But Owen reiterates that he isn’t complaining. He calls the endless attention to detail “the price of real innovation.” And the reward, of course, comes when customers discover the product. “You realize you’ve solved a problem for them and that they’re willing to incorporate your solution into their daily riding routine, and that’s great. That is super fun, and I think we are on to something.”
Owen acknowledges that the fixed light system is still a bit of a niche product—you have to be willing and able to take your bike apart to install it. But now the company is working on a suite of other items for cyclists that will be “slightly more mass market but equally well built,” he says. That will likely include theft-deterring security bolts for wheels and other bike parts; bags and backpacks; and apparel.
The unifying theme: removing the impediments to bicycling as a primary mode of transportation. “We have a mission, which is to change the face of mobility,” Owen says. “We’re all about the most efficient use of resources, and bicycling is a great way to minimize consumption.”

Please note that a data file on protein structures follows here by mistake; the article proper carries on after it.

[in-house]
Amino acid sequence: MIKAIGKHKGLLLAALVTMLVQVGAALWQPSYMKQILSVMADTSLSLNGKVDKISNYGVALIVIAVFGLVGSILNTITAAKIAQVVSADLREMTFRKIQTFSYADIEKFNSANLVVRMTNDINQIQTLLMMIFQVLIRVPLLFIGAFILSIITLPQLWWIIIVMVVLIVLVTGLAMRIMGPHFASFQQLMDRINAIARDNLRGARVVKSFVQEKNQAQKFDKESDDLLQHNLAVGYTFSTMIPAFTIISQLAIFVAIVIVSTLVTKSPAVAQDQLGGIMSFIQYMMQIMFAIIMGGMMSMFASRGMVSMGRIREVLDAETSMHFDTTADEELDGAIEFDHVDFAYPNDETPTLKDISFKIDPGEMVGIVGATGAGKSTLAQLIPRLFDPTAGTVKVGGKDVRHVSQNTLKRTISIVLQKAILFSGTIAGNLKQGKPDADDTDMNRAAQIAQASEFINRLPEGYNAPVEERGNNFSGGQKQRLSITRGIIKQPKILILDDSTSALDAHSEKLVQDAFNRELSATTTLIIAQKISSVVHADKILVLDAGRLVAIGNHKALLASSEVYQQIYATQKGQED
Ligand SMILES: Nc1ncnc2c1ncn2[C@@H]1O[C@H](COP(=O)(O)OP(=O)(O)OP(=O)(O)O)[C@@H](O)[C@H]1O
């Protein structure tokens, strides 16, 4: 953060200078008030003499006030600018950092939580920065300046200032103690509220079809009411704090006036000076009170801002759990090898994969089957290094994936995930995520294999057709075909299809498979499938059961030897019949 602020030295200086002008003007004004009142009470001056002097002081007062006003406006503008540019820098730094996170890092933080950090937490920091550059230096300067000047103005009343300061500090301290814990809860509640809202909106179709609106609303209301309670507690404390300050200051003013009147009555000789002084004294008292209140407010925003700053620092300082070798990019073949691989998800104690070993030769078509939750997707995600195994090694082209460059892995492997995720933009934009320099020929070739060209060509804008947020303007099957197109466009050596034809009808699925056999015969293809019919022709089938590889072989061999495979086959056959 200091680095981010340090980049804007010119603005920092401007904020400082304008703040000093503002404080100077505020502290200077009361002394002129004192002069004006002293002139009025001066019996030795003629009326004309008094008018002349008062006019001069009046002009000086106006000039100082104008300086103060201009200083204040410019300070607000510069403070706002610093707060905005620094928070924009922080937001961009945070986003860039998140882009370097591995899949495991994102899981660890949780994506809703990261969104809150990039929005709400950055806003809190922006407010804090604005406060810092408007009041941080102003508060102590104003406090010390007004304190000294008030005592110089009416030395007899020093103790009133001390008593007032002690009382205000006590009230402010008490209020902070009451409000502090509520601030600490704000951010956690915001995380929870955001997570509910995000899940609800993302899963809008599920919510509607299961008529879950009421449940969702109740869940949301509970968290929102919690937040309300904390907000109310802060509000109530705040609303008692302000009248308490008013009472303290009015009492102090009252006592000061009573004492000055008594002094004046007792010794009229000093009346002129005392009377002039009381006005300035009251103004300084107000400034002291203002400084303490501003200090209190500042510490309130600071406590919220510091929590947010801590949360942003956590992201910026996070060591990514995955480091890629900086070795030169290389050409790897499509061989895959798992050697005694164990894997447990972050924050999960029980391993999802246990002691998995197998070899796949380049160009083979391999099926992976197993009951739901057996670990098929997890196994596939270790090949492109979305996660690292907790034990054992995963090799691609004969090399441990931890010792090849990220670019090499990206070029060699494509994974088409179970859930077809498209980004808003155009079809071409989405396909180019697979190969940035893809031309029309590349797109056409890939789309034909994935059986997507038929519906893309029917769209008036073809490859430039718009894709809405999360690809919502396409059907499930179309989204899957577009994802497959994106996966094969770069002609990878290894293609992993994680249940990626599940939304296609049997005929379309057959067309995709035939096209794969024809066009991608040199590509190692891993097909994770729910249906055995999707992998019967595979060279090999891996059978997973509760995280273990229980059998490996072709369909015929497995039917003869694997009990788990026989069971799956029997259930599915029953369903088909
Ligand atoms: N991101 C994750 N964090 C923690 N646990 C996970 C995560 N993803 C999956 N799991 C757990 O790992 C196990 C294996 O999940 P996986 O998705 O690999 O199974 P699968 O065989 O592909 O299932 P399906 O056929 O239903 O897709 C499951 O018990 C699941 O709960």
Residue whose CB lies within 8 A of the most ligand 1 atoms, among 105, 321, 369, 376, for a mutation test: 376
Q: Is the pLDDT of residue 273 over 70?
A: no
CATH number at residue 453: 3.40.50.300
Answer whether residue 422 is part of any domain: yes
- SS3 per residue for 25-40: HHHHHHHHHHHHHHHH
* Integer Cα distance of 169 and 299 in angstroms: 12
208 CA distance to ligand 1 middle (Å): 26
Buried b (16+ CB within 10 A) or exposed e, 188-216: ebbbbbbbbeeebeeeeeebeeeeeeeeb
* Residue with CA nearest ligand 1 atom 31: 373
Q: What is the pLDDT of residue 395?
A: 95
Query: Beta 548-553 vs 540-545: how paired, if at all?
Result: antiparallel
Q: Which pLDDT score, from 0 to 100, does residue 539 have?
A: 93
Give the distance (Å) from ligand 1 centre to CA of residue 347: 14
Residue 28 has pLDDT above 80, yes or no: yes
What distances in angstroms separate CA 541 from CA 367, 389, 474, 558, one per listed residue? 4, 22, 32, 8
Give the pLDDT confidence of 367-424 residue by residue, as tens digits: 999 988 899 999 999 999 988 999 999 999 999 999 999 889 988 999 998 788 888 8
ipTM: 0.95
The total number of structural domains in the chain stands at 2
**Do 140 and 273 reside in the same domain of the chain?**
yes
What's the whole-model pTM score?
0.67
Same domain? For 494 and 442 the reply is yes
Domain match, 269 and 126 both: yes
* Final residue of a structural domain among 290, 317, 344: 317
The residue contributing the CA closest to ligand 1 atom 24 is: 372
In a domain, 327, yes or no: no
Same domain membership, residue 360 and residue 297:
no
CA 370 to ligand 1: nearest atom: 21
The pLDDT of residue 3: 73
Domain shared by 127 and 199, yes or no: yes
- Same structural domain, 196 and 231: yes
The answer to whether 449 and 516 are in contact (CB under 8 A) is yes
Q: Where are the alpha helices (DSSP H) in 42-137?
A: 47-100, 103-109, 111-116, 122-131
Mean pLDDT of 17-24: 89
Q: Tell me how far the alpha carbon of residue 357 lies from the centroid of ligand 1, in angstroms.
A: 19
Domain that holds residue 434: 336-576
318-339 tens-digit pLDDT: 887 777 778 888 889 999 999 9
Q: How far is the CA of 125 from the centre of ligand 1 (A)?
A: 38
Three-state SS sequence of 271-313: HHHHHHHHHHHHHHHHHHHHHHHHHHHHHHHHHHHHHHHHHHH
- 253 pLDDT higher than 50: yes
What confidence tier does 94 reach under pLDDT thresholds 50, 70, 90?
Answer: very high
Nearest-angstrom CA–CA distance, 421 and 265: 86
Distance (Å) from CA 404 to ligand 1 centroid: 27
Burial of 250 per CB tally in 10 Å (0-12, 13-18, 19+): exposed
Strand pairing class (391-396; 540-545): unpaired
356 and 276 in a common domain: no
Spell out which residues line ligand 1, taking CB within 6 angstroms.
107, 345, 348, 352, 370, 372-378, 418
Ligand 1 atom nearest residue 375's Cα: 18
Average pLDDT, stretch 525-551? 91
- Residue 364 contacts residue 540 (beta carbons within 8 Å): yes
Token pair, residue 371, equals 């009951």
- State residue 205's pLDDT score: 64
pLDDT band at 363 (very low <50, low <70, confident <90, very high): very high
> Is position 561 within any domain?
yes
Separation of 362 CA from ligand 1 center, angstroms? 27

And if the accessories for your eco-friendly bicycle are a little bit cool, a little bit aspirational, that doesn’t hurt. In fact, Owen says it would be fine with him if people started buying Sparse’s lights simply for their beauty, rather than for their theft-deterring design.
“I’m not dogmatic about it,” he says. “The beauty is the hook into somebody’s routine.”